Calculus was originally hindered by efforts to include functions of the first degree and of the straight line, which stemmed from the "intrinsically correct demand for the generalisation of a method" that may base the calculus on specific determinateness, as if calculus were only concerned with variable magnitudes. But the magnitudes that vary are not calculus' concern, because it looks to the relations of powers which produce different results at different limits.


A great deal of formalism would, indeed, have been avoided if it had been perceived that the calculus is concerned not with variable magnitudes as such but with relations of powers.


§ 570


In differential calculus, the mathematical infinite becomes prominent again. In the above example where x and y are determined by power relations, the value for x and y still is supposed to signify a quanta. However, in calculus dx and dy are infinitesimal values and thus no longer signify quanta:

it is solely in their relation to each other that they have any meaning, a meaning merely as moments. They are no longer something (something taken as a quantum), not finite differences; but neither are they nothing; not empty nullities. Apart from their relation they are pure nullities, but they are intended to be taken only as moments of the relation, as determinations of the differential coefficient dx/dy.


[Compare with Deleuze from: Cours Vincennes - 22/04/1980

Differential calculus allows you to proceed directly to compare quantities raised to different powers. Moreover, it is used only for that.

Differential calculus finds its level of application when you are faced with incomparables, that is, faced with quantities raised to different powers. Why? In ax2+y, let us assume that by various means, you extract dx and dy. What is that? We will define it verbally, conventionally, we will say that dx or dy is the infinitely small quantity assumed to be added or subtracted from x or from y. Now there is an invention! ... The miracle dy/dx is not equal to zero, and furthermore: dy/dx has a perfectly expressible finite quantity. These are relative , uniquely relative. dx is nothing in relation to y, dy is nothing in relation to y, but then dy/dx is something. A stupefying, admirable, and great mathematical discovery. It's something because in an example such as ax2-by+c, you have two powers in which you have incomparable quantities: y2 and x. If you consider the differential relation, it is not zero, it is determined, it is determinable. The relation dy/dx gives you the means to compare two incomparable quantities that were raised to different powers since it operates a depotentialization of quantities. So it gives you a direct means to confront incomparable quantities raised to different powers. From that moment on, all mathematics, all algebra, all physics will be inscribed in the symbolism of differential calculus... It's the relation between dx and dy that made possible this kind of co-penetration of physical reality and mathematical calculus. (Deleuze, Cours Vincennes - 22/04/1980, French text here).]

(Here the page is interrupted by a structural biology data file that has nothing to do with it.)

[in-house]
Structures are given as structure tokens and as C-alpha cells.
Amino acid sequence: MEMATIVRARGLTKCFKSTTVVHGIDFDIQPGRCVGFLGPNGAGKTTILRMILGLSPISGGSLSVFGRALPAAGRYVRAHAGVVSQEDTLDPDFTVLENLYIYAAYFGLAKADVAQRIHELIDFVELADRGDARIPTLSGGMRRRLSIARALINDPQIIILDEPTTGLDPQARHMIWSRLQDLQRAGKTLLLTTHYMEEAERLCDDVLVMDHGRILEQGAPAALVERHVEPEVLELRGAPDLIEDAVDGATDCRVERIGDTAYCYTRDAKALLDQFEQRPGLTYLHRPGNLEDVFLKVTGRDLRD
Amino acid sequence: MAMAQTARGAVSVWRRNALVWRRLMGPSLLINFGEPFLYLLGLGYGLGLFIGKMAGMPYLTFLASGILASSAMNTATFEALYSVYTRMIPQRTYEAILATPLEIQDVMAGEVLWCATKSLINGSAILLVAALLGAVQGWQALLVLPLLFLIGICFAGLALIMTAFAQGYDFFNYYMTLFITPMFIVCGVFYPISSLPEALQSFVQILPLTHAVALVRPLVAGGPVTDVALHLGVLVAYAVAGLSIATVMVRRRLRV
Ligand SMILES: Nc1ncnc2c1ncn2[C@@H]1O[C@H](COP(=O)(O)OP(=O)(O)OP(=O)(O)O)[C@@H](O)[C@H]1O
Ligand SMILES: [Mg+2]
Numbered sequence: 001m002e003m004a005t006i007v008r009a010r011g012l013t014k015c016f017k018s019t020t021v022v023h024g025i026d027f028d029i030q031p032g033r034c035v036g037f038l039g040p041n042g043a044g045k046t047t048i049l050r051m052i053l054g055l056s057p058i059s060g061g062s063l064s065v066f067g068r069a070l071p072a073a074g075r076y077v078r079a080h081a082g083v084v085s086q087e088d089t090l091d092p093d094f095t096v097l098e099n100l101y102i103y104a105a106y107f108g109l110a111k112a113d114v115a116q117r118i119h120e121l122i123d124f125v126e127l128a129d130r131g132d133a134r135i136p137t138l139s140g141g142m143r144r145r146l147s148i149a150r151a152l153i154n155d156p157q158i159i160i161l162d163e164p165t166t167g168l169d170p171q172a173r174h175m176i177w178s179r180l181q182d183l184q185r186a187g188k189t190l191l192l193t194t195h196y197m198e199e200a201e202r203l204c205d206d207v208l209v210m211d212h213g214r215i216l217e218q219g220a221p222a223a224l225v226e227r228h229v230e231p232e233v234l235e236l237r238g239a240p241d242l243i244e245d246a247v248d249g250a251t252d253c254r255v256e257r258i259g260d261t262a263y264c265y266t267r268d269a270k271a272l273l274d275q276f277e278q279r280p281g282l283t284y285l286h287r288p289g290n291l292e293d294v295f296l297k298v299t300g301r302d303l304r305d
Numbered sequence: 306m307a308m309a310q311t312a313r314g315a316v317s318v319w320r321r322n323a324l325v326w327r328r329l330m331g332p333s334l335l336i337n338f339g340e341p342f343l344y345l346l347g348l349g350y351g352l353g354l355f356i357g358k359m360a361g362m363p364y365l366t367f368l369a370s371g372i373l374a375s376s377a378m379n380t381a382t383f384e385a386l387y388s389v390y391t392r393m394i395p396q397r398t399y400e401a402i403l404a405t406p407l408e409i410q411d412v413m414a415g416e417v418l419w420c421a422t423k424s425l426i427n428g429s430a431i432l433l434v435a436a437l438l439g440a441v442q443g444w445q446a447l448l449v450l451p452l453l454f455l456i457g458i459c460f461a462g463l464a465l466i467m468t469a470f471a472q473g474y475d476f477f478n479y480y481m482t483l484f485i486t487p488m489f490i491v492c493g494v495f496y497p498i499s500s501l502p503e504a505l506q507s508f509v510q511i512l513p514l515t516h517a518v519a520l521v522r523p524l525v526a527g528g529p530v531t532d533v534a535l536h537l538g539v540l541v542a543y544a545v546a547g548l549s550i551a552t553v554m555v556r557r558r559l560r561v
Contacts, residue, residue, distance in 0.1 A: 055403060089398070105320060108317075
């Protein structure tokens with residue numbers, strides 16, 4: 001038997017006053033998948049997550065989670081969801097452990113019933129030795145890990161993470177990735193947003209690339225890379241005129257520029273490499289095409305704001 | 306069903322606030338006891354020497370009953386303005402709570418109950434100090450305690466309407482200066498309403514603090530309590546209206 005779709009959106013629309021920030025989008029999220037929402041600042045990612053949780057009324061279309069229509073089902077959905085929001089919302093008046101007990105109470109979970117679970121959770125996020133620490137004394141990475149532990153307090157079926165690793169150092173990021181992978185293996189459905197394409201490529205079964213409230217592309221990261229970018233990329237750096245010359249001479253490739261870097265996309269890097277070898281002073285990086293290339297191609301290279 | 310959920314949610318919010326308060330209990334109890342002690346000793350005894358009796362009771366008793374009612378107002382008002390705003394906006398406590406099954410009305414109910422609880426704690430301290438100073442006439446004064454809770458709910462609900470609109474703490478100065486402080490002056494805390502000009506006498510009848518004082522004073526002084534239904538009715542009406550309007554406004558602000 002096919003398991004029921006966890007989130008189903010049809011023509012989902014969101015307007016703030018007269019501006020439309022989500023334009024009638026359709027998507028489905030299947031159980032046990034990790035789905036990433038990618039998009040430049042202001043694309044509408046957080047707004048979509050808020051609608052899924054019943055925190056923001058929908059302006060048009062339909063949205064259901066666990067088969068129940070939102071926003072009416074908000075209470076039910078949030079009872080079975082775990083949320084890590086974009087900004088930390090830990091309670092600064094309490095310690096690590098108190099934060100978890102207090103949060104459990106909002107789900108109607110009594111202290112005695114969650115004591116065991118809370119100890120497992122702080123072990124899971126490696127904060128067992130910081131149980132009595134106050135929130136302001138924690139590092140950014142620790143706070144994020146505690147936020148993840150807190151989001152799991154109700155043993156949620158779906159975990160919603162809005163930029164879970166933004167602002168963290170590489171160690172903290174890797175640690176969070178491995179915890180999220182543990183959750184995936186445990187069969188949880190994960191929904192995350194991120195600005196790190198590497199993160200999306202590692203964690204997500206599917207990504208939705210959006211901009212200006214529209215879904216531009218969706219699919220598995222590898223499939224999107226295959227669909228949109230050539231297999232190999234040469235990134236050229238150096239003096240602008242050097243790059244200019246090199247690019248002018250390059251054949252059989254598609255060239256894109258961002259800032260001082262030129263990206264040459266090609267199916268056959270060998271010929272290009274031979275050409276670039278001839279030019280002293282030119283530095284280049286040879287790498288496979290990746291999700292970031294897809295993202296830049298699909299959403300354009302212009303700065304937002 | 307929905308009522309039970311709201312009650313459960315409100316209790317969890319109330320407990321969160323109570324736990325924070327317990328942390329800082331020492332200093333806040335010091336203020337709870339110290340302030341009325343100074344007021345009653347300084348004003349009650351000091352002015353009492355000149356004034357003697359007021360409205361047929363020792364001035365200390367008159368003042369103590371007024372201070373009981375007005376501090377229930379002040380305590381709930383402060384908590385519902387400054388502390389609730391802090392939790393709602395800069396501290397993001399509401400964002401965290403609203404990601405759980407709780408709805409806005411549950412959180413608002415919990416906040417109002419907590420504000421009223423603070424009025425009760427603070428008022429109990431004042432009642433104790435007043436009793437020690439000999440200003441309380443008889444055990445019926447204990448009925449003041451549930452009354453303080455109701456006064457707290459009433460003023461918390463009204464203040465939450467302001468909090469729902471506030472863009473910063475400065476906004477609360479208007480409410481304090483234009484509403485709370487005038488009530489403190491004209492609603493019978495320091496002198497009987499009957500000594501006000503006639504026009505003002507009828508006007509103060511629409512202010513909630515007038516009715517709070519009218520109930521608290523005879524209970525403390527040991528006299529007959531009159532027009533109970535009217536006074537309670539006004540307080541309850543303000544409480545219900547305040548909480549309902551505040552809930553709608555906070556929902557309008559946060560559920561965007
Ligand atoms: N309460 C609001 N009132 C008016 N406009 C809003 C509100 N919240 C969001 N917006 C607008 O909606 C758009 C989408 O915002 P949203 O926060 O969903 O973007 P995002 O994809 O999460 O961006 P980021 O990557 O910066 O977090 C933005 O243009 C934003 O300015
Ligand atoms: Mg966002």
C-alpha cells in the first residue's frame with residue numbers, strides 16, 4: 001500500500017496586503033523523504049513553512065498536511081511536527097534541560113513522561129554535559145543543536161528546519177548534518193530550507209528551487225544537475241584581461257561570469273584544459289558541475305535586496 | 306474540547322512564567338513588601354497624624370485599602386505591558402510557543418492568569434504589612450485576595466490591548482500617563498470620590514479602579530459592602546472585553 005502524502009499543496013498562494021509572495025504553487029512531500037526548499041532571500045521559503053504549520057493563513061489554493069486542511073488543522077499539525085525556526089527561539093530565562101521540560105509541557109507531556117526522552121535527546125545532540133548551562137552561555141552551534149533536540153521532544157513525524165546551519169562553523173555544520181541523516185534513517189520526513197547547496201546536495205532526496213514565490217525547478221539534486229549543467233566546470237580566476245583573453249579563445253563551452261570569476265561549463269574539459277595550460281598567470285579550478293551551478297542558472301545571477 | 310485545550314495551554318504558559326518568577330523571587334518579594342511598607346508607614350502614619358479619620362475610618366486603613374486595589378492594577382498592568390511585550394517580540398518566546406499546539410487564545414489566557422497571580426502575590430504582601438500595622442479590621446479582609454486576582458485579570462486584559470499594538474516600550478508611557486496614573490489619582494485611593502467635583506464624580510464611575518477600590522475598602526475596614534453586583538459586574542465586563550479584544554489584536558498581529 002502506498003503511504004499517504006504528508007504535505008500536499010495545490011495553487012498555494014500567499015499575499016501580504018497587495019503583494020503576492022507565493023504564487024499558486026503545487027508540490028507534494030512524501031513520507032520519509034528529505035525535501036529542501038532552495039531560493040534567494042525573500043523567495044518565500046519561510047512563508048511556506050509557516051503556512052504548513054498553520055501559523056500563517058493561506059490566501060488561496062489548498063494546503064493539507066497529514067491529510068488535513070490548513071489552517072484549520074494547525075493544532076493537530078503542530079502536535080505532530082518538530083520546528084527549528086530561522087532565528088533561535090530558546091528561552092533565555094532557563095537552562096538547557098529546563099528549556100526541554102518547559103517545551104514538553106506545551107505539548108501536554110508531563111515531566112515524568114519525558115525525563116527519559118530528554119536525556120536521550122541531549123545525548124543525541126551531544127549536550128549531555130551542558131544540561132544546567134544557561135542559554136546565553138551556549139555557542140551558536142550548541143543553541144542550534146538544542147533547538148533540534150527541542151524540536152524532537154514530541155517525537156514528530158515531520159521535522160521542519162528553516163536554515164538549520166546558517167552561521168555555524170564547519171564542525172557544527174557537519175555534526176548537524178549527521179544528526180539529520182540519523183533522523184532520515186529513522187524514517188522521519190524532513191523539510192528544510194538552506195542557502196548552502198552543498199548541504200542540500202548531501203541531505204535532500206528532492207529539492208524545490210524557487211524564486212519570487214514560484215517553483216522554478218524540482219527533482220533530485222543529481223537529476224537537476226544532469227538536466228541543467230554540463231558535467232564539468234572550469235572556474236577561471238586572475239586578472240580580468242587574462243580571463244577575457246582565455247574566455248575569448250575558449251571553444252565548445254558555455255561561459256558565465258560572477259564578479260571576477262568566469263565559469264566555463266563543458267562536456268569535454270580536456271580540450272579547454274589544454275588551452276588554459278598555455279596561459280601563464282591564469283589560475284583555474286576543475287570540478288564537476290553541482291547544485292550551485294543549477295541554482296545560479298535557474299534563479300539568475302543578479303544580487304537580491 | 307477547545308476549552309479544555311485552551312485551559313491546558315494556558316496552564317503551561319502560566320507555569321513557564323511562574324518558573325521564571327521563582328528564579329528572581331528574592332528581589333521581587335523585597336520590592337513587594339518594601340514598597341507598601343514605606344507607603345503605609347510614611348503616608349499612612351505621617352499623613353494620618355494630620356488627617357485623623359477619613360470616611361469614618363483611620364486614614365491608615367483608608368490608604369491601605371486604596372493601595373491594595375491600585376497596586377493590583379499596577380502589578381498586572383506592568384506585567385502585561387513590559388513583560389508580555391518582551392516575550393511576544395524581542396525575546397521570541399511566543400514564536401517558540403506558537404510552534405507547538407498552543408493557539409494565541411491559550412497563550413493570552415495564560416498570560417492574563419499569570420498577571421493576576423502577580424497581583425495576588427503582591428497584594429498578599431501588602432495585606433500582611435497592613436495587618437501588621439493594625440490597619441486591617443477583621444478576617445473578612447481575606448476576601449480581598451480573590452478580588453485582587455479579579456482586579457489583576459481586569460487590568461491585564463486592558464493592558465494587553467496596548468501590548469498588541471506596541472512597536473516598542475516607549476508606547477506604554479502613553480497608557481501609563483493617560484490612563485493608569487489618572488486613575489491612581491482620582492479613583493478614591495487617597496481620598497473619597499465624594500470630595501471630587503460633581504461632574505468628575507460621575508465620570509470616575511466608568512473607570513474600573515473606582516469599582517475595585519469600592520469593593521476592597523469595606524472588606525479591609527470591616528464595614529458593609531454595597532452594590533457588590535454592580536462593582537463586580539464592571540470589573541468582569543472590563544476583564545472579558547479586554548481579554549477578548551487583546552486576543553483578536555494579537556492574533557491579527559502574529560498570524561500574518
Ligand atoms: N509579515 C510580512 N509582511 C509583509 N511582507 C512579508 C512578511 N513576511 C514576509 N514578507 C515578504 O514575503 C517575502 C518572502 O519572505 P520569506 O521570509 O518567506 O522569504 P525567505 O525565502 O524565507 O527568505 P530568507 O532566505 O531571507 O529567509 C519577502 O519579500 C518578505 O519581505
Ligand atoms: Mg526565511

We see that x and y may stand for definite quanta. But x is not in a relation with y. Rather, x is in a relation with y-squared, and only these two have a determinate quotient (p).


§ 571


In the calculus understanding of the infinite, the quantum is a genuine qualitative reality, "not merely as this or that quantum but as quantum generally." And yet, despite on the one hand it being considered not finite, this concept of infinity is still considered in calculus as a determinate quantum.


§ 572


Attacks on the mathematical infinite are leveled at this paradoxical notion of infinity in differential and integral calculus. Critics fail to recognize that this sort of infinity is a Notion more than a sensible reality. And when the calculus makes use of this notion of infinity, their methods are in complete contradiction with the usual finite mathematics.


§ 573


Mathematics considers these infinitesimal quantitative determinations as "vanishing magnitudes, i.e. magnitudes which are no longer any particular quantum and yet are not nothing but are still a determinateness relatively to an other." Thus mathematics takes infinitesimals as being in an intermediate state between being and nothingness, while yet also holding that such a state does not exist. Hegel already explained in Remark 4 that everything is ever becoming and thus always dually being and nothing. Moreover, this unity of being and nothing is not a "state," because a state is a determination that suggest stasis or worse a "diseased condition." On the contrary, the infinitesimal is a mean and unity whose truth is the "vanishing" and "the becoming."